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Las Vegas police reveal DNA error put wrong man in prison

On Jan. 28, 2008, Howard Dupree Grissom walked into High Desert State Prison, just north of Las Vegas, after being convicted of robbery and conspiracy to commit a violent crime.

An employee there, as was required, took a swab of DNA from inside Grissom’s mouth, and within a week sent the sample to the Metropolitan Police Department’s crime lab.

Had the lab’s technicians run the sample against all other DNA evidence in the system, police would have discovered that Grissom also was linked to a 2001 robbery — and that the mistake had sent the wrong person to prison for that crime.

But they didn’t.

Because the lab had a policy to scan Nevada inmate DNA only against evidence in the department’s open cases — a policy changed four weeks ago — Grissom was never caught.

He would spend more than two years in Nevada’s prison system for that 2008 charge, and within three months of being released, he was arrested in California for kidnapping, raping, robbing and trying to stab a woman to death.

Las Vegas police on Thursday revealed, in an unusually candid and thorough explanation that was praised by a national organization, that it had bungled the DNA evidence in that 2001 robbery and caused an innocent man to go to prison for four years.

"We sent an innocent man to prison," Clark County Sheriff Doug Gillespie said. "To say this error is regrettable would be an understatement."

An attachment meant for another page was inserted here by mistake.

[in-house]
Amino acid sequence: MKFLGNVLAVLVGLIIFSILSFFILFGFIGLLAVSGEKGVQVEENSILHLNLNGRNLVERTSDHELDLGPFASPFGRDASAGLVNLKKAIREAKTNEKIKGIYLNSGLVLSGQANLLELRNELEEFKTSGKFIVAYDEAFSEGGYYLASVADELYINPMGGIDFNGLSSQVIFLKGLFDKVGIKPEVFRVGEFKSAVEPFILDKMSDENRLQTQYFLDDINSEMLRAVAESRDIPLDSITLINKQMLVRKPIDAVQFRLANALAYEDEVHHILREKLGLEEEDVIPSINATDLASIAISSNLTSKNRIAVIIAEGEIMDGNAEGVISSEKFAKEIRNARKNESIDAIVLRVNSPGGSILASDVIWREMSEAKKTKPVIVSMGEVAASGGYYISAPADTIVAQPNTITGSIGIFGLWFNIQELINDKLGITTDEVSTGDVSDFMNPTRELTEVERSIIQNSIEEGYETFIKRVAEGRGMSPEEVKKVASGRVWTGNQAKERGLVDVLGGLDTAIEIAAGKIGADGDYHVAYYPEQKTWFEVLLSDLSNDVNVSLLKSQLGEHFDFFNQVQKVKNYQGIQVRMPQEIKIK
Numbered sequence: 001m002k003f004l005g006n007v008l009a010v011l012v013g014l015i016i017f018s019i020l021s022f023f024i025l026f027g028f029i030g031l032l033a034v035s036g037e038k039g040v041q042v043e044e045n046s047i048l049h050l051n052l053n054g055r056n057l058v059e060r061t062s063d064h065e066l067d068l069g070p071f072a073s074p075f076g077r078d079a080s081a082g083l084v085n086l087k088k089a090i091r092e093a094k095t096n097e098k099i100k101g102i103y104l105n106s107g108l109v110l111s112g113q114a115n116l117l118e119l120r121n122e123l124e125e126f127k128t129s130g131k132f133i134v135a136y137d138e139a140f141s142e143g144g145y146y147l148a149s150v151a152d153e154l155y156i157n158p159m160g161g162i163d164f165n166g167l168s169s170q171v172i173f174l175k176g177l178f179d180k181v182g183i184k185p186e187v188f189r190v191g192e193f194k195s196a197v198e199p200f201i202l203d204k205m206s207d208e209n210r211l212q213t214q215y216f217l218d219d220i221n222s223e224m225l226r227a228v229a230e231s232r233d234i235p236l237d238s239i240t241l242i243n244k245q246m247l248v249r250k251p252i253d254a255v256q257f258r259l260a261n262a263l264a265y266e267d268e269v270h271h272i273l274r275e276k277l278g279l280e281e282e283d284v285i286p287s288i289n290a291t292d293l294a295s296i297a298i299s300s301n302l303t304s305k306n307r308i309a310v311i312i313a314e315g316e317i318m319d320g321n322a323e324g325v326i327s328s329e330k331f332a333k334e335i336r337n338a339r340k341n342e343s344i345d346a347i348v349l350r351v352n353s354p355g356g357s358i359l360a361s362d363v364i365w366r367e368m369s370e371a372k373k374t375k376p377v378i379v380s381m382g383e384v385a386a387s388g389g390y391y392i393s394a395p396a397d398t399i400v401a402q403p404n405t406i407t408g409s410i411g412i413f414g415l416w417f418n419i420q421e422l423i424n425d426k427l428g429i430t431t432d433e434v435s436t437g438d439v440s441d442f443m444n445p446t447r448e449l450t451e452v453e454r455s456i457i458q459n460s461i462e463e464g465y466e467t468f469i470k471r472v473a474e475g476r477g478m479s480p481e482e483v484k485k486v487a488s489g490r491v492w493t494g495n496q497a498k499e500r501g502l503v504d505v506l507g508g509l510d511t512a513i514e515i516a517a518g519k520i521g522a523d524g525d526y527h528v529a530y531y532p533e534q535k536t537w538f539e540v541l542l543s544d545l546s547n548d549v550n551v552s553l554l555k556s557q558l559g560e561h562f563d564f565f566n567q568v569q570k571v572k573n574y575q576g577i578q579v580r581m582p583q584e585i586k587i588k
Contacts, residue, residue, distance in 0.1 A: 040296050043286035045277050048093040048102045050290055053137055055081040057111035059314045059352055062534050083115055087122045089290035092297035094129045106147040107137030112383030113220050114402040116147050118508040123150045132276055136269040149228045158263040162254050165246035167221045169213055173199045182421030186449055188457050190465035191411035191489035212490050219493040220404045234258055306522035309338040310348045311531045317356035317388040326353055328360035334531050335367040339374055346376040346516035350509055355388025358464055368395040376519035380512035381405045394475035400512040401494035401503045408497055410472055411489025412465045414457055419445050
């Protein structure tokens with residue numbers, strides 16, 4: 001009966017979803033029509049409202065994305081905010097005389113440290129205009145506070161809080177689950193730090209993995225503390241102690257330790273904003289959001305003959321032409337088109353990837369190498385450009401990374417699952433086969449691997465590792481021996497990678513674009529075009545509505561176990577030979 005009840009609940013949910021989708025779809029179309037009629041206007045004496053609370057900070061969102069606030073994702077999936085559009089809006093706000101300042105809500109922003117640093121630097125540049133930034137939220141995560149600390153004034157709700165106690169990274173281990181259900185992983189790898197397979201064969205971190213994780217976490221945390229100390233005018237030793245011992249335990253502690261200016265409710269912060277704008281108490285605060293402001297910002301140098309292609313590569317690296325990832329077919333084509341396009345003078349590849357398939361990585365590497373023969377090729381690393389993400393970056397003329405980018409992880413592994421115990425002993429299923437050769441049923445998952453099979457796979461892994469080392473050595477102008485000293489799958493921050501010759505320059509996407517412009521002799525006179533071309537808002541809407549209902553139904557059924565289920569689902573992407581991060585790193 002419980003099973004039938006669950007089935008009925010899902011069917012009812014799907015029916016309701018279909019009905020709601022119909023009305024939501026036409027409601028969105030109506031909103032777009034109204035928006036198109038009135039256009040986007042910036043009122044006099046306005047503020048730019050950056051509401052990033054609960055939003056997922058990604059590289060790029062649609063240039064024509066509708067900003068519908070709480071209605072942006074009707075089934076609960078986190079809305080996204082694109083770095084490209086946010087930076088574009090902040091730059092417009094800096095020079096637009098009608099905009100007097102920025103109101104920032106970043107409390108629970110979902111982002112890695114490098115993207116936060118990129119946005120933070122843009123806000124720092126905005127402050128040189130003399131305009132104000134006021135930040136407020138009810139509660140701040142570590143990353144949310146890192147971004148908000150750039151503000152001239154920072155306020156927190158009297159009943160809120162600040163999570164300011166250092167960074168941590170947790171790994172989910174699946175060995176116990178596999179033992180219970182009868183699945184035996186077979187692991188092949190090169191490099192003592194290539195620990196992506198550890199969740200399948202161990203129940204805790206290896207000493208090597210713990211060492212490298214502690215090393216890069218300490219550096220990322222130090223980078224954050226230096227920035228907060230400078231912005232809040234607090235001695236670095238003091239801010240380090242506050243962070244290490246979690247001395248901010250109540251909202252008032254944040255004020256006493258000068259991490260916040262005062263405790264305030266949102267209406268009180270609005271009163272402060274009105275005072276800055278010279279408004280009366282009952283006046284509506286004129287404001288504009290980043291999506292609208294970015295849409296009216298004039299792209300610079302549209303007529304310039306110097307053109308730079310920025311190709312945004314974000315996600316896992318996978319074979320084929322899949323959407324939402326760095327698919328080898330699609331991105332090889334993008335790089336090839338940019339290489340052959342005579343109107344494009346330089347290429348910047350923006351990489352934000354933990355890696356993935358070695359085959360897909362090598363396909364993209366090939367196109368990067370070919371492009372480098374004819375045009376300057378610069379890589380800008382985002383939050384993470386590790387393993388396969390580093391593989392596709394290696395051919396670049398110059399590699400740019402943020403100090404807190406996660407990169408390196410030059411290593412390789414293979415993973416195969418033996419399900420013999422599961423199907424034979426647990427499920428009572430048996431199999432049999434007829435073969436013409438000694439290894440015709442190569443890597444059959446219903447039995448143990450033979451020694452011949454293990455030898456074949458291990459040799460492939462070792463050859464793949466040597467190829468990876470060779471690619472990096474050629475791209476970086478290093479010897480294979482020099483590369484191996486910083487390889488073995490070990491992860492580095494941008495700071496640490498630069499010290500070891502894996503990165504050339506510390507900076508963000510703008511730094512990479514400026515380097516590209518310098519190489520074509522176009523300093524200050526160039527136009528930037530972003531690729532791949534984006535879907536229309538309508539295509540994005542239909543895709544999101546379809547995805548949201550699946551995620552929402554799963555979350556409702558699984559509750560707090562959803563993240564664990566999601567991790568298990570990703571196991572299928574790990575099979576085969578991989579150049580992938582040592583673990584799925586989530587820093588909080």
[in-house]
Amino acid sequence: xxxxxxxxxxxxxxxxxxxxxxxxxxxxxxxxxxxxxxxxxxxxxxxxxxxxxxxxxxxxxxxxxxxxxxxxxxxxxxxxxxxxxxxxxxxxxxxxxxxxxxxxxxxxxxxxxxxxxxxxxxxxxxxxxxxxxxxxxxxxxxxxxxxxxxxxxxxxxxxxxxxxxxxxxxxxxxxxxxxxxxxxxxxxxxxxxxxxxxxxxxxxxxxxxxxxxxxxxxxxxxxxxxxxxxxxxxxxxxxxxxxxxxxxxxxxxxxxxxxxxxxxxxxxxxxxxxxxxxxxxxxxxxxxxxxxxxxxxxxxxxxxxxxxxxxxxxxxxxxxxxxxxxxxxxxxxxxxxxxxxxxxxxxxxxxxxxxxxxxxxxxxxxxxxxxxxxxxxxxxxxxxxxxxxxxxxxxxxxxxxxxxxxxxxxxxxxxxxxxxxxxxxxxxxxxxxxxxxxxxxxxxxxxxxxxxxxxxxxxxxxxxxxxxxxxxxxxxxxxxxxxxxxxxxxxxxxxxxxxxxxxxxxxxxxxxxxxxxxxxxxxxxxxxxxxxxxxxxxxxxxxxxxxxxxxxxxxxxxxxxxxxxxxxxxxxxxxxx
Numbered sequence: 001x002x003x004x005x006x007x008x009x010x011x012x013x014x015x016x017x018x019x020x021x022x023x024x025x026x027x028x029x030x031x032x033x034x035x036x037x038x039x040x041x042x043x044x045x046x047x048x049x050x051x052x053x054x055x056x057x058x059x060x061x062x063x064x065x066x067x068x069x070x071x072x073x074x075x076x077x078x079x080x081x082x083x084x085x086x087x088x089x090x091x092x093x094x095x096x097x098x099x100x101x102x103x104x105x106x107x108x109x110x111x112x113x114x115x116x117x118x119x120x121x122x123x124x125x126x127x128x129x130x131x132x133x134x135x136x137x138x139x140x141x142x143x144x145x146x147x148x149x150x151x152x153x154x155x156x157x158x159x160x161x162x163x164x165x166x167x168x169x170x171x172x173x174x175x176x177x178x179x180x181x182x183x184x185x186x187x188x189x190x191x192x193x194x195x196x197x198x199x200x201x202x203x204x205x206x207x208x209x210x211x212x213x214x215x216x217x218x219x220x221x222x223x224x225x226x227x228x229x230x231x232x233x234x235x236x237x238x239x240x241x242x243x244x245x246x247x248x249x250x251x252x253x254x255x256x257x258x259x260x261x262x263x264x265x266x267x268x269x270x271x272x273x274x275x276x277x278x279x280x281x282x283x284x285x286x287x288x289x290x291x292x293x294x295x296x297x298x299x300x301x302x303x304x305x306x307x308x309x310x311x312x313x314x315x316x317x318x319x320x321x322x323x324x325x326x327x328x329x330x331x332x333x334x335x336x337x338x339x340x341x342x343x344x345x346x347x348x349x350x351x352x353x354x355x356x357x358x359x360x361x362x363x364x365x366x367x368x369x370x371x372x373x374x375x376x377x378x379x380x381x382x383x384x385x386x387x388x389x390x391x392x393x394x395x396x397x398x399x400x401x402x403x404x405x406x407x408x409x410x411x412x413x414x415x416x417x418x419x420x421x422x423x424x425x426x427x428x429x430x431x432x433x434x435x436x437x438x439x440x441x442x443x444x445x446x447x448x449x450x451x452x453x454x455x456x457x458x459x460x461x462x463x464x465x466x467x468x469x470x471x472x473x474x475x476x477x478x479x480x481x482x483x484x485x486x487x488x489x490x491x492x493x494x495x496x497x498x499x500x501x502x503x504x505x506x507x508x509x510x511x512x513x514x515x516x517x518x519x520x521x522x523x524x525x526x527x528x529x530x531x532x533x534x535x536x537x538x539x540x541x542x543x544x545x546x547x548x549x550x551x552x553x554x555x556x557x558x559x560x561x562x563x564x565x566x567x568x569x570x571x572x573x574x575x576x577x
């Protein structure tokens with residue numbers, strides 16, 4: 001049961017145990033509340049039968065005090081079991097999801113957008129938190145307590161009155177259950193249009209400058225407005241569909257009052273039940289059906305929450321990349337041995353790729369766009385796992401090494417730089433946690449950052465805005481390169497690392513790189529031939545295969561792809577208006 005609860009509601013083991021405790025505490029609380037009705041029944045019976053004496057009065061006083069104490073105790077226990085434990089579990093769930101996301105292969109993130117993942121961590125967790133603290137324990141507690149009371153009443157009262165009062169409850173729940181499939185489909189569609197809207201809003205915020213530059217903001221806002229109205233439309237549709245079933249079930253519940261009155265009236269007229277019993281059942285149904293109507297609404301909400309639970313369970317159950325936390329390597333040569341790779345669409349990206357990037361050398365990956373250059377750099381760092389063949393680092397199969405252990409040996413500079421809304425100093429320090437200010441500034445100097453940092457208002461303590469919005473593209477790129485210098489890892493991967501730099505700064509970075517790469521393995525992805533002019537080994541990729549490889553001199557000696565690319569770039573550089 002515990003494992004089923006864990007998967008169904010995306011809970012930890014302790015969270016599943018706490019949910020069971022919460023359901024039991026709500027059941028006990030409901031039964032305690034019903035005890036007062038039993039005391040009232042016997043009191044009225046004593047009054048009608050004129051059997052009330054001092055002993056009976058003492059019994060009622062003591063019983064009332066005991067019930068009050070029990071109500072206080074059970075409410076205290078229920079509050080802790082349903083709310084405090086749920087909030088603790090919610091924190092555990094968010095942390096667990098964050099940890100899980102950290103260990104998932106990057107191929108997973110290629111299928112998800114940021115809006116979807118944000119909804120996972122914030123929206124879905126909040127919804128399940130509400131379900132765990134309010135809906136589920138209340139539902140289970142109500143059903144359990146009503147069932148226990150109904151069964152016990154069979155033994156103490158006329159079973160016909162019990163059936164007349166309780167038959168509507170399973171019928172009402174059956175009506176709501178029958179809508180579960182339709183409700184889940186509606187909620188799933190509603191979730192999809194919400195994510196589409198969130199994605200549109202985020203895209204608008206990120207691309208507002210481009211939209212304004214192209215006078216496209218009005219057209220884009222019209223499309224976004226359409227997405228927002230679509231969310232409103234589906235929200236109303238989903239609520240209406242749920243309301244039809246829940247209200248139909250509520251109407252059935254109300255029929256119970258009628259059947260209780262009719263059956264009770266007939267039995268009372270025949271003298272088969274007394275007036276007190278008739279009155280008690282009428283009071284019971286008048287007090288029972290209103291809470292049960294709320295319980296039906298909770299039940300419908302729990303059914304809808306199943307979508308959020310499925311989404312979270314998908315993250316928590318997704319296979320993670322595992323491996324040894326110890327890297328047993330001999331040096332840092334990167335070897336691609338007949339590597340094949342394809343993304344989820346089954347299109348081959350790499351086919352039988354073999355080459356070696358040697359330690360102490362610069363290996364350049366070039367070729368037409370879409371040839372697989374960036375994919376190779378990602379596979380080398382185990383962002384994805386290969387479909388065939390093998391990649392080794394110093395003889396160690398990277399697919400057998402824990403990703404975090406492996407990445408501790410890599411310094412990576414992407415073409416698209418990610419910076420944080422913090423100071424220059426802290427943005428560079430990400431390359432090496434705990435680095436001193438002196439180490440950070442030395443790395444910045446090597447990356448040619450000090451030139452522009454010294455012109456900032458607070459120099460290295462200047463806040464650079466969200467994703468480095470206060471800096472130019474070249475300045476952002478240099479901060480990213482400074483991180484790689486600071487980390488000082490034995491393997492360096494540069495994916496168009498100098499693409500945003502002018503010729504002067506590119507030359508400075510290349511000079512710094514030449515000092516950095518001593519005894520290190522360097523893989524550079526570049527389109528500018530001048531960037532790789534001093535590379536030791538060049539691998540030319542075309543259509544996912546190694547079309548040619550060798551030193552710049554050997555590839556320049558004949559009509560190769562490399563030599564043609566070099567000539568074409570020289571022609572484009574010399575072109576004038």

The mistake wasn’t the first for the lab, and the department is now reviewing hundreds of cases in which DNA evidence was handled by veteran technician Terry Cook, who has been suspended with pay since May. The department has also tentatively agreed to a settlement with the man wrongfully imprisoned.

But the department did not admit until Thursday night that it had the chance to catch Grissom more than two years ago. Assistant Sheriff Ray Flynn said the practice of scanning the DNA of the state’s inmates with all of the evidence in its possession — not just those in open cases — was not required by federal authorities.

"That is one of the things that we have changed because of this," he said.


The case provides a look into the complicated system of when and how DNA is linked to evidence found in crimes.

In November 2001, Grissom was one of two suspects in the robbery of a woman at her southeast valley home.

A masked man in a blue hooded sweat shirt, armed with a baseball bat, burst into her home. The woman had with her two small children, ATM cards and $23 in cash.